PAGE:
11 Steps To Manage Your Credit Score

Credit is one thing I wish I could yell from the roof tops because it has negatively impacted SO MANY people from getting into their dream home or getting into a home at all. AHHHH! I know it's not a fun thing to think about or work on but it's SUPER IMPORTANT! In terms of real estate, it can effect whether you qualify for a conventional loan or FHA loan, your interest rate, your refi interest rate, etc. equating to potentially thousands of dollars!


Credit-scoring models are like snowflakes; there are a lot of them and no two are exactly alike. FICO alone sells 65 versions. Due to the variation, a lender might not use the same credit scores you obtain. Therefore, be aware of the range of your scores and follow their trend over time. John Ulzheimer, a credit expert at the website Credit Sesame and formerly of FICO and Equifax, recommends these other points when managing your score:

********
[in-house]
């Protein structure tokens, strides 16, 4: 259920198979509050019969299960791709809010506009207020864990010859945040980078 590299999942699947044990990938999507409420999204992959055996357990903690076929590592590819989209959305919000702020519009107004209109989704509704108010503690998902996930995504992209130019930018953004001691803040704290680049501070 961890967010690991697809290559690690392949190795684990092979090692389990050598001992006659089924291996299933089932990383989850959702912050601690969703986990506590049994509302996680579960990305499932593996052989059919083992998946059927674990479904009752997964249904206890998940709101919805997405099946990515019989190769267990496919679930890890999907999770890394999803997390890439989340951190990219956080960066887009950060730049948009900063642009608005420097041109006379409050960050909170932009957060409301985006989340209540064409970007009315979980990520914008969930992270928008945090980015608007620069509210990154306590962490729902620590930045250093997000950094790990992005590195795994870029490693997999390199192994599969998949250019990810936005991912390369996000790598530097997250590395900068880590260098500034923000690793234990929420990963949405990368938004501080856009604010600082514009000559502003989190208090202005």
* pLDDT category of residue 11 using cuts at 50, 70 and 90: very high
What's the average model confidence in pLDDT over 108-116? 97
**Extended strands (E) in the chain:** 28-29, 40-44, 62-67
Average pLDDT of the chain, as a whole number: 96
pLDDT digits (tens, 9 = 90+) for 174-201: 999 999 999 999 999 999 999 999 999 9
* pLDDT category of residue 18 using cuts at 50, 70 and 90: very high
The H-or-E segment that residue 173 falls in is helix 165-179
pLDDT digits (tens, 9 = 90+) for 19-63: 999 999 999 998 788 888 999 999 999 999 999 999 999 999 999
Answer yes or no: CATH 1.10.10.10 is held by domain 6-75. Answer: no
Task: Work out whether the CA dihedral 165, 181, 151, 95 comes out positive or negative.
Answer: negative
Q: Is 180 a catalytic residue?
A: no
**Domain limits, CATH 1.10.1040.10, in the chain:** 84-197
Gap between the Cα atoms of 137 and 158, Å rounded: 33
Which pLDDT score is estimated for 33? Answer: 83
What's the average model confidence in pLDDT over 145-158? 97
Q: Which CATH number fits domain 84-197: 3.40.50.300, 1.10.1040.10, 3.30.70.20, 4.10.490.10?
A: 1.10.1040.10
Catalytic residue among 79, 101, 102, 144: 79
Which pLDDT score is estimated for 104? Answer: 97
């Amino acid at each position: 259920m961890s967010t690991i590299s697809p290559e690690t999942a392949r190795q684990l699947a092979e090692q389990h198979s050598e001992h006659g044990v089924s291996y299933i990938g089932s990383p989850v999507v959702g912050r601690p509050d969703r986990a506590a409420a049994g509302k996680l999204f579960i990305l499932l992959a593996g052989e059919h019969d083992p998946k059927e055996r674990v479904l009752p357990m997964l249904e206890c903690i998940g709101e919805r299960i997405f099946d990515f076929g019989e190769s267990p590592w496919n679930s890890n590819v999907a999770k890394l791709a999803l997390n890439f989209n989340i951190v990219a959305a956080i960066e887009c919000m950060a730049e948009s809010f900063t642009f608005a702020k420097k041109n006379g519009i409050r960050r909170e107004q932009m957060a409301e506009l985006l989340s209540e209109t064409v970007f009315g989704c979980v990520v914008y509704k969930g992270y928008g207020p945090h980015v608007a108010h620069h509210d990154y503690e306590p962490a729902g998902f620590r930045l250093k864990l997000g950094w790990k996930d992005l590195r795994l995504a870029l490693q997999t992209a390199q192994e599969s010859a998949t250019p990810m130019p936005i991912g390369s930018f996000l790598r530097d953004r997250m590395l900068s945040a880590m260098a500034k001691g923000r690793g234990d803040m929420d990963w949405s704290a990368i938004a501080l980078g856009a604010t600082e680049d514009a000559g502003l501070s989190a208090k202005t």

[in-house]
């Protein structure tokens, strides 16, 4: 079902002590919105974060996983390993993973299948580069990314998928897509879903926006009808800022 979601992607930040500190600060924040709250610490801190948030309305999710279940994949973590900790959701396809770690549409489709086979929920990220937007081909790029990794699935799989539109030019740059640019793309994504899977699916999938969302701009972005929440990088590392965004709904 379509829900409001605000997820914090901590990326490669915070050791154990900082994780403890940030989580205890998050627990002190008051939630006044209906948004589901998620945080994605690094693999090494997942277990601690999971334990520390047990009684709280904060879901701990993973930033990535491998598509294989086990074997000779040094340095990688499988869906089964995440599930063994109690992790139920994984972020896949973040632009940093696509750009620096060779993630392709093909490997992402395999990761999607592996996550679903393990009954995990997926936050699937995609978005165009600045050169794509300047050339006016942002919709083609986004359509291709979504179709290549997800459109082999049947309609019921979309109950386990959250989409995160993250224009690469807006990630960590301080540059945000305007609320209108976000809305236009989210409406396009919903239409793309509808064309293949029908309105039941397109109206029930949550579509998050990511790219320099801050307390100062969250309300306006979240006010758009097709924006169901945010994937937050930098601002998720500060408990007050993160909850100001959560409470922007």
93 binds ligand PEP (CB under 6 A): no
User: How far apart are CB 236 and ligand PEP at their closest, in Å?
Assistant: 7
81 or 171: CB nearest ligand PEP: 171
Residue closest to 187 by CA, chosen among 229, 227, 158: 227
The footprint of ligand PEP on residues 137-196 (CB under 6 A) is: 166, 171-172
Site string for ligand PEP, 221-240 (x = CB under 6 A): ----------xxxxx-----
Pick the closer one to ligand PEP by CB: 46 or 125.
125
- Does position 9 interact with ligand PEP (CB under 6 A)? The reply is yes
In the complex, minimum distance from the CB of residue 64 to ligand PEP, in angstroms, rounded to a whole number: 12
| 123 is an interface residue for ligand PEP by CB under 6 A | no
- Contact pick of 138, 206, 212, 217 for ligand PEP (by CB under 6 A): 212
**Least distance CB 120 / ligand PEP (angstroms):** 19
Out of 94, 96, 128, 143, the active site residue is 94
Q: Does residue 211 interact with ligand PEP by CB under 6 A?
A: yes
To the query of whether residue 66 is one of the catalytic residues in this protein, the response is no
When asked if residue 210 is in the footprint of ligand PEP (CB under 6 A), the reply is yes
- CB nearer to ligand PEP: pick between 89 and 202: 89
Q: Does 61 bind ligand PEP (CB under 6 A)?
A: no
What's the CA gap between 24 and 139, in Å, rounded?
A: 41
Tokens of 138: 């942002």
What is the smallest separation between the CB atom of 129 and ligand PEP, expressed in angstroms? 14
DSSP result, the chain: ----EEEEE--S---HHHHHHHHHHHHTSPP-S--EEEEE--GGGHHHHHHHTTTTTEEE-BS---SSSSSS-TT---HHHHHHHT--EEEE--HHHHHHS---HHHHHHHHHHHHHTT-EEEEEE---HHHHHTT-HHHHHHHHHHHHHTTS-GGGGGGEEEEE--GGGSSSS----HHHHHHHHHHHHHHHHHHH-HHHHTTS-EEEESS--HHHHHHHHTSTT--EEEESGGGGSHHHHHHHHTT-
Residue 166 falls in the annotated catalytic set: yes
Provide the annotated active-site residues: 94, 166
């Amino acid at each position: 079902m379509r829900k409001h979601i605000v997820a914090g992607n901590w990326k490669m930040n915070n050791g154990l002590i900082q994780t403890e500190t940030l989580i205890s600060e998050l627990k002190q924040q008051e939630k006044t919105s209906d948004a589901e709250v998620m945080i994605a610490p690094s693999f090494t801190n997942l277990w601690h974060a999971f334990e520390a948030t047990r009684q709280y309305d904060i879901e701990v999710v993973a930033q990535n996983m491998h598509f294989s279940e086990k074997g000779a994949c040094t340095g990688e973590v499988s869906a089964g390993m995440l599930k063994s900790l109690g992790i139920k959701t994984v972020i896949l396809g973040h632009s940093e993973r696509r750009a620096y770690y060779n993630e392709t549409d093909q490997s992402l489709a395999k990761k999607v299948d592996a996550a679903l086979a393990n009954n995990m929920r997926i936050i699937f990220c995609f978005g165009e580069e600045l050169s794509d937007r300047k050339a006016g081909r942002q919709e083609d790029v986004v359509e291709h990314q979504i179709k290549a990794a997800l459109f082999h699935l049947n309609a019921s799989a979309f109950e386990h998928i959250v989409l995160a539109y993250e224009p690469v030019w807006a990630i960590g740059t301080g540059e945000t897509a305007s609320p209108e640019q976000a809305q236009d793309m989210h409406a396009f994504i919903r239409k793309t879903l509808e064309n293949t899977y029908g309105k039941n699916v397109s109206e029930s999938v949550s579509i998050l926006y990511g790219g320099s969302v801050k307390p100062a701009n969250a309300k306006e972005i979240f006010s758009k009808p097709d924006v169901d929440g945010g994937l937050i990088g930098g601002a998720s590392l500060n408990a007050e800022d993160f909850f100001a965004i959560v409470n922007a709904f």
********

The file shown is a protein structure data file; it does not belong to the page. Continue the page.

1. Pay your bills on time. Payment activity accounts for 35% of a FICO score and 40% of a VantageScore. At least pay the minimum each month rather than falling behind. 2. Check your credit reports. Request one free credit report from a different reporting agency every four months through AnnualCreditReport.com. “Hard pull” credit inquiries—from a potential lender and others with permission from you—can lower your scores slightly, but there’s no penalty for checking yourself. That’s called a “soft pull.” Credit-scoring companies consider multiple inquiries by lenders within 45 days as only one inquiry because the timing suggests that you’re shopping for interest rates for one loan, not multiple loans. 3. Don’t apply for multiple credit cards at once. Unlike applying for a mortgage, auto, or student loan, applying for several credit cards generates multiple “hard pulls.” Instead, carefully read prospective cards’ terms and conditions and apply for just one. 4. Don’t cancel unused cards (unless they carry an annual fee). Stick the card in a drawer instead. Part of your score depends on the ratio of credit used to total available credit. Eliminating a card reduces your credit line and can raise the ratio, which works against you. 5. Don’t open too many new credit accounts at once. By doing so, you lower the average “age” of your accounts, which can lower your credit score. 6. Keep credit balances relatively low. Maintaining a revolving credit balance under 10% of your total available credit is wise, experts say. A higher ratio indicates an elevated credit risk. 7. Beware of “point-driven” high balances. If you charge everything on your rewards card for the points, switch to cash or a debit card for a couple of months before applying for new credit. Lenders can’t tell from your score whether you zero-out your balances every month. They’ll see your credit score, a snapshot in time, showing that you’re charging a lot relative to your credit limit, which is a negative. 8. Maintain a variety of credit types. Successfully paying an auto loan, a student loan, and credit card bills over the same period shows that you’re able to juggle different types of credit. That accounts for 10% of your score. 9. Get a personal loan to pay off your credit card debit. You can improve your credit score by paying off the score-damaging “revolving” debt of credit cards with the score- benign “installment” debt of a personal loan. The interest rate on the loan is likely to be lower than the credit card interest rates. 10. Pay off debt in collections. It’s always better to have zero balances on collections, but soon you might also see a much higher credit score as a result. The most current versions of VantageScore and FICO credit score ignore collections with a zero balance. 11. Get a secured credit card after a bankruptcy. If you have been through one, start populating your credit report with good credit. Secured credit cards may be an effective way to rebuild your credit. A bankruptcy will have less impact on your score over time as long as you aren’t defaulting on new loans.


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